CENTERVILLE — A musical that so often gets poor reviews for being too tedious has become an exciting live history course on the beginning of American independence in 1776 at Centerpoint Legacy Theatre. With music and lyrics by Sherman Edwards and based on a book by Peter Stone and directed by Josh Richardson in this production, I saw a still life congress come to life throughout the long debate over the country’s future.
Richardson does a wonderful job setting the scene with a costumed introduction, giving the audience direction to the “necessaries” with pomp and circumstance. Kristi Curtis’s light choreography that accented each song was comical and enjoyable. However, this is the only part of the show that could use some fine-tuning with a few of the numbers, such as “Cool, Considerate Men” and “The Lees of Old Virginia.” The choreography with switching written letters between husband and wife during “Yours, Yours, Yours” built the unity between John and Abigail Adams, despite distance, as they were close but not touching. I was satisfied to see them hold hands for the last note.
In this musical, the principal character John Adams, played by Todd Wente, is trying to convince the rest of congress to declare independence from Great Britain. Wente was a strong actor, and the frustration he shows with congress is as genuine as his opposite emotions of relief and tenderness when writing to his wife. Though my seats were in the back of the theater, I could still feel the power of his emotional presence onstage, which kept me engaged throughout the painful experience of “CON-gress” as Wente exasperatingly says.
Daniel Sessions played the notable role of Thomas Jefferson. There was meekness in his character at the beginning which boiled into strength through character progression that was remarkable to see. As he and Adams argued over slavery, their conviction brought a fresh jolt to my mind of how wonderful those men truly were at that time period amidst folk who thought of slaves as “property” and not people.
This is a heavily male dominated show with only two women; Natalie Peterson playing Abigail Adams, and Britty Marie playing Martha Jefferson. Both were talented and brought a relief from the masculinity of the show with their singing, dancing, and attractive pastel dresses. Peterson’s vocal range didn’t seem to fit the first number, though the rest of the show her vocal performance was superb. Peterson had a strength she gave to her character that was comforting to see in her interaction with Wente. Marie in “He Plays the Violin,” sang very well, and though the emotional foundation of her character was convincing to me, the comedic message of her song came across smoothly.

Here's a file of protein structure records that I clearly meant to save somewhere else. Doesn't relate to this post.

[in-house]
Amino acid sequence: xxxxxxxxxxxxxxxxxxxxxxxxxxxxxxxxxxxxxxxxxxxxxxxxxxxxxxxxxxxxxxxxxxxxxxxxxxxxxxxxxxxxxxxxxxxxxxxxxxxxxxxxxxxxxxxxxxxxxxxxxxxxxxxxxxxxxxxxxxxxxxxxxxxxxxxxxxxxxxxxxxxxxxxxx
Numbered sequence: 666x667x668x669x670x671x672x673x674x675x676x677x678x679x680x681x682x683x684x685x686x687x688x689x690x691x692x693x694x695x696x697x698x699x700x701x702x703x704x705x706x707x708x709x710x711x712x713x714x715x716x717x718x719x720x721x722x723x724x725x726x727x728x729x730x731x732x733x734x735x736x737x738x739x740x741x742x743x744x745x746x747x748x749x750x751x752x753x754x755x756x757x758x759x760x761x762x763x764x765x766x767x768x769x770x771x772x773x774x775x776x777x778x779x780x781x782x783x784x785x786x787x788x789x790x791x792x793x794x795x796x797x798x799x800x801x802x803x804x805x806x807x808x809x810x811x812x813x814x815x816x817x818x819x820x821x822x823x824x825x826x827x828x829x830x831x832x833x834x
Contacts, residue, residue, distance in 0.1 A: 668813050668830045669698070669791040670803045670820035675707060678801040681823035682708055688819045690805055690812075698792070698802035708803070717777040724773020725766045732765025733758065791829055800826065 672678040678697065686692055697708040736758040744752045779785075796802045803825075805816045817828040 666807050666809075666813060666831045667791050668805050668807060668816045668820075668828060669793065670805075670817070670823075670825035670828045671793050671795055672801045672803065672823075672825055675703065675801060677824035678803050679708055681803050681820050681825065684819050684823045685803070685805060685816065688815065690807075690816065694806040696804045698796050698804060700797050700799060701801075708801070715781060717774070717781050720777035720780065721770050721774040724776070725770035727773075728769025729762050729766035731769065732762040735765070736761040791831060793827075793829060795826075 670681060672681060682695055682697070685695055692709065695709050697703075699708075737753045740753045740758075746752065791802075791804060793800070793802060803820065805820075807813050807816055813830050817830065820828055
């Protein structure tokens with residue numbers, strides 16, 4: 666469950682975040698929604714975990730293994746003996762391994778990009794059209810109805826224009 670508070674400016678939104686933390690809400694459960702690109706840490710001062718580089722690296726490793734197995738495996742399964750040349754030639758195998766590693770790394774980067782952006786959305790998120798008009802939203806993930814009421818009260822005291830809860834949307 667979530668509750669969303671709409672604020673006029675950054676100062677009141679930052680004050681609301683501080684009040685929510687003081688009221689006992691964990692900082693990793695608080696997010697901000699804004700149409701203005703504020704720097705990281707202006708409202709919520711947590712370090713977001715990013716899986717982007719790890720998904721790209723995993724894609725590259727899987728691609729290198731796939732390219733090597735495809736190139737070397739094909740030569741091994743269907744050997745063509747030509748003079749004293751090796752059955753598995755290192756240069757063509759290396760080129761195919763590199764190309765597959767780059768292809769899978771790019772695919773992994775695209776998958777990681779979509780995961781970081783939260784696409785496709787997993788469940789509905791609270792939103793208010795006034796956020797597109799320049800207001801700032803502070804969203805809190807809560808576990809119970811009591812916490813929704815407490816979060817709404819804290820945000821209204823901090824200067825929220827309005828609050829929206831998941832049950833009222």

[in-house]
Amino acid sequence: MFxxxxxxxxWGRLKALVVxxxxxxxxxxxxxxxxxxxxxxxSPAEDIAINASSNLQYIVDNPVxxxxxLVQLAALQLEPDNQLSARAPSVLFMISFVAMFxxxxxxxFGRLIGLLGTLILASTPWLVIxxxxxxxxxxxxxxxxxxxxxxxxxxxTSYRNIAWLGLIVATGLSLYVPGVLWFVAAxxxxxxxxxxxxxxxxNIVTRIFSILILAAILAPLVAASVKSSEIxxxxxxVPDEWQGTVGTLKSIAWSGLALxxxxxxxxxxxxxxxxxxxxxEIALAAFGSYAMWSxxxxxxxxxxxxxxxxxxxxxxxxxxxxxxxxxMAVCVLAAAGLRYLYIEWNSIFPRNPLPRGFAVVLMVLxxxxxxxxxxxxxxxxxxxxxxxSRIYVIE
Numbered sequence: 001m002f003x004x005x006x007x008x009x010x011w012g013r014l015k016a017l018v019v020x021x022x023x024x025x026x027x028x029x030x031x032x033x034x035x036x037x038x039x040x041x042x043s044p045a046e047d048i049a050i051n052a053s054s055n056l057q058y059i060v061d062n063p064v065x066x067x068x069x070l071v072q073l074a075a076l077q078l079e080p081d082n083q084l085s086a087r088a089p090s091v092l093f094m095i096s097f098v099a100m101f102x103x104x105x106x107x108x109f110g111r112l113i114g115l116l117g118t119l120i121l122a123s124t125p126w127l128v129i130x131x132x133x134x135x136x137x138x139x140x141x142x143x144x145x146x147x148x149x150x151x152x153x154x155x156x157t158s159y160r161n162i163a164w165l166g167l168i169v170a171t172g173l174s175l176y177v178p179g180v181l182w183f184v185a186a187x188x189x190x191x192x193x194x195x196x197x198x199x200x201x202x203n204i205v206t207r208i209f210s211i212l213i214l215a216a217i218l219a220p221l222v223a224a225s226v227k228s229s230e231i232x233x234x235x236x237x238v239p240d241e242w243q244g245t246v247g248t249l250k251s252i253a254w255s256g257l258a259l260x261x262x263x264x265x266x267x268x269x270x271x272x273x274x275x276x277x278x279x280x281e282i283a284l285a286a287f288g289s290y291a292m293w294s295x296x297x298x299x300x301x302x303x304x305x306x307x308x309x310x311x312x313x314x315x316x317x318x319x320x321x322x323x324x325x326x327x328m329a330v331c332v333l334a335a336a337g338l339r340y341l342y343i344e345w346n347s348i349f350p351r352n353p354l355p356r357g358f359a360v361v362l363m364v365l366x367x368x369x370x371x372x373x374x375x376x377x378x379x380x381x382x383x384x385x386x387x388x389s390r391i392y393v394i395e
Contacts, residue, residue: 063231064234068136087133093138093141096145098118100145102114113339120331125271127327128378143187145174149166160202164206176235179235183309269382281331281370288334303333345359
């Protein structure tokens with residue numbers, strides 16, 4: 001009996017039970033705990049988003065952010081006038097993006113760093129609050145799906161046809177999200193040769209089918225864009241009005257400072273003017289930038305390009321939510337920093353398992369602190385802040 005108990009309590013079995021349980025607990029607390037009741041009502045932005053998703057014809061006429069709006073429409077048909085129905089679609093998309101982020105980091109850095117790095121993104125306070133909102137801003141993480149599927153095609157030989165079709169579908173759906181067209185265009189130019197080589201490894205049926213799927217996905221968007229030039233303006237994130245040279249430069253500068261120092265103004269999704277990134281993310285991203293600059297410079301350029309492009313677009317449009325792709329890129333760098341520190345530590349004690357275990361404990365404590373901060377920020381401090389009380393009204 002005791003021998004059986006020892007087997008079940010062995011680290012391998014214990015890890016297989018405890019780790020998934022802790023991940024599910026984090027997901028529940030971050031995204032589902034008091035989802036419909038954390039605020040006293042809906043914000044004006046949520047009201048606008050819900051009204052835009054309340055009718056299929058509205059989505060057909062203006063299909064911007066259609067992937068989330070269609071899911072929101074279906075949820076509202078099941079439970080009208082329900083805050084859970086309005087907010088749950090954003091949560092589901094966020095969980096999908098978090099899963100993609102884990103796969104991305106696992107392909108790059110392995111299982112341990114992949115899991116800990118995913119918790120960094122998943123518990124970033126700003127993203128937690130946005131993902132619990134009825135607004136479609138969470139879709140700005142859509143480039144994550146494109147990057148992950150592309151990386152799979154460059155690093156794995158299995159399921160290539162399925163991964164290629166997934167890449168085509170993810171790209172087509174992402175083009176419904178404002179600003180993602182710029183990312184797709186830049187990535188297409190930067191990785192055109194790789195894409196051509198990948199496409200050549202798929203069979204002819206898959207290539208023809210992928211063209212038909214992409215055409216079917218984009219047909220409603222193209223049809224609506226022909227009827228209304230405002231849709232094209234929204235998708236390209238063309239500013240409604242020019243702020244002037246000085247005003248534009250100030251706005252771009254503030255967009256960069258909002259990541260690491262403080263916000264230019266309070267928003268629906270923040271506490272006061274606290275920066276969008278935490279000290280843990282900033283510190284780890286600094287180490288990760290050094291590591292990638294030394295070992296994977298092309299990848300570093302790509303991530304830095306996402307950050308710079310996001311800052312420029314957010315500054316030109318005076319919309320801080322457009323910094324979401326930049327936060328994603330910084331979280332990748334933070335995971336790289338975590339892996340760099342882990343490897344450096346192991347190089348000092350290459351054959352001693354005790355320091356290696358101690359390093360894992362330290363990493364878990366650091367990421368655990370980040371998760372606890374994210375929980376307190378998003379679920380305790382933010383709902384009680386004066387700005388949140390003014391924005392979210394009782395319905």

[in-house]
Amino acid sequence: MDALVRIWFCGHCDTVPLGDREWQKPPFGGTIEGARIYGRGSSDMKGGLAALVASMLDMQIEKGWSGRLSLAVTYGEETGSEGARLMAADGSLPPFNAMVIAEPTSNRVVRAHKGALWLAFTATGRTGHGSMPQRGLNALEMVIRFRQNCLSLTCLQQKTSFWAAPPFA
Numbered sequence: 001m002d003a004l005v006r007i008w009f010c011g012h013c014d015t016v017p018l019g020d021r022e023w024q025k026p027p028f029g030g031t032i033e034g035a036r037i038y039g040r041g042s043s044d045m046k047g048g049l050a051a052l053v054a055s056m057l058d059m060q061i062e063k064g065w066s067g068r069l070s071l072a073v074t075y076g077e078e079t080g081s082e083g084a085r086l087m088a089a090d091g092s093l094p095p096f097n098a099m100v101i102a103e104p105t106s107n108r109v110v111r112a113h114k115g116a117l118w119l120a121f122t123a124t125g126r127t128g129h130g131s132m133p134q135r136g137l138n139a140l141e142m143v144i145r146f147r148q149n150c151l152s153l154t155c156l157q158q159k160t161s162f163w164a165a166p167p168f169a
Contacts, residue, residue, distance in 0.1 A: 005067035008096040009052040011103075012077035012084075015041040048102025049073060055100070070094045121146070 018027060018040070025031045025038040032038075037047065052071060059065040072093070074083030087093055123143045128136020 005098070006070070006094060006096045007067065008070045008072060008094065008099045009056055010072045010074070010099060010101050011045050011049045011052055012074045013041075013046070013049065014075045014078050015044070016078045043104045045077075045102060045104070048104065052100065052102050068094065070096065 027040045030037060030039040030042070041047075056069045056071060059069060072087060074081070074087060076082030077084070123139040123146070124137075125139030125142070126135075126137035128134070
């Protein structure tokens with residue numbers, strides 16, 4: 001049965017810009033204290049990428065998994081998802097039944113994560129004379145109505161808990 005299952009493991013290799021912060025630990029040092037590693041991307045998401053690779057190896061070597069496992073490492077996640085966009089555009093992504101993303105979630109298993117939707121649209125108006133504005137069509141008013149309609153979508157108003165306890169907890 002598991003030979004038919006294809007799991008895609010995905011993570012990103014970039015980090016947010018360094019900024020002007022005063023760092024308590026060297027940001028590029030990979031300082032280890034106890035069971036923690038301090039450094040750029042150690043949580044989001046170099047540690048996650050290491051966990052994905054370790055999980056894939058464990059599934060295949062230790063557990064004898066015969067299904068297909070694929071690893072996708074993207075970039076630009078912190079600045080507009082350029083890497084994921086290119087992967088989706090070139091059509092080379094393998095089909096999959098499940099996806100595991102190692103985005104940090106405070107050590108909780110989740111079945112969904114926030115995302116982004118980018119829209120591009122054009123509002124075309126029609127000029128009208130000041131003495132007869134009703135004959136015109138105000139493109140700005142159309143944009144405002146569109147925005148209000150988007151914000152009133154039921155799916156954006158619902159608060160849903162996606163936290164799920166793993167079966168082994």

The show is serious, yet playfully written. Benjamin Franklin, played by Dave Hill, jokingly replies to Adam’s concerns about their behavior, “Don’t worry John, the history books will clean it up.” Hill has many other moments to be humorous as a lover of drink and women. His leap from a man sick with gout to a sprightly young woo-er of beautiful women was realistic and hilarious.
1776 gives a full range of experience as it moves from a light musical to an intense “12 Angry Men” scenario to deep and thought provoking moments such as “Momma Look Sharp.” Wente was able to mindfully share the message of congress that is even truer today, “It’s impossible if we all stand around complaining about it.”
Despite being just over 2.5 hours and having hardly a set change, the use of lighting and change in the backdrop video display assisted in adding depth to different scenes and songs, including some eerie images depicting slavery during “Molasses to Rum,” which was powerfully sung by Matthew T. Hewitt. The climate of the show was almost immersive, as if I could feel the heat in the congress room while the men were swatting flies, wiping brows, and singing, “Someone open up a window!” Later the lights dimmed to blue with the large full moon displaying on the backdrop, and it felt cool and refreshing from the heated arguments, which kept my interest through some of the more slowly-paced scenes. The message of one very moving song, “Is Anybody There?” sung by Wente, was displayed strikingly on the backdrop as victories such as freedom over slavery, women’s rights, the statue of liberty, space exploration, and more.
If produced before the age of cell phones and gamers, this show could easily keep the attention of a younger audience. As attention spans have shortened, however, I think this is a great show for education for the young and enjoyment for the old. Some tips: listen carefully, get a snack at the concession stand halfway through, dance a little jig on the way back to your seat (as Ben Franklin would on his way to New Brunswick) and you will have an enjoyable night.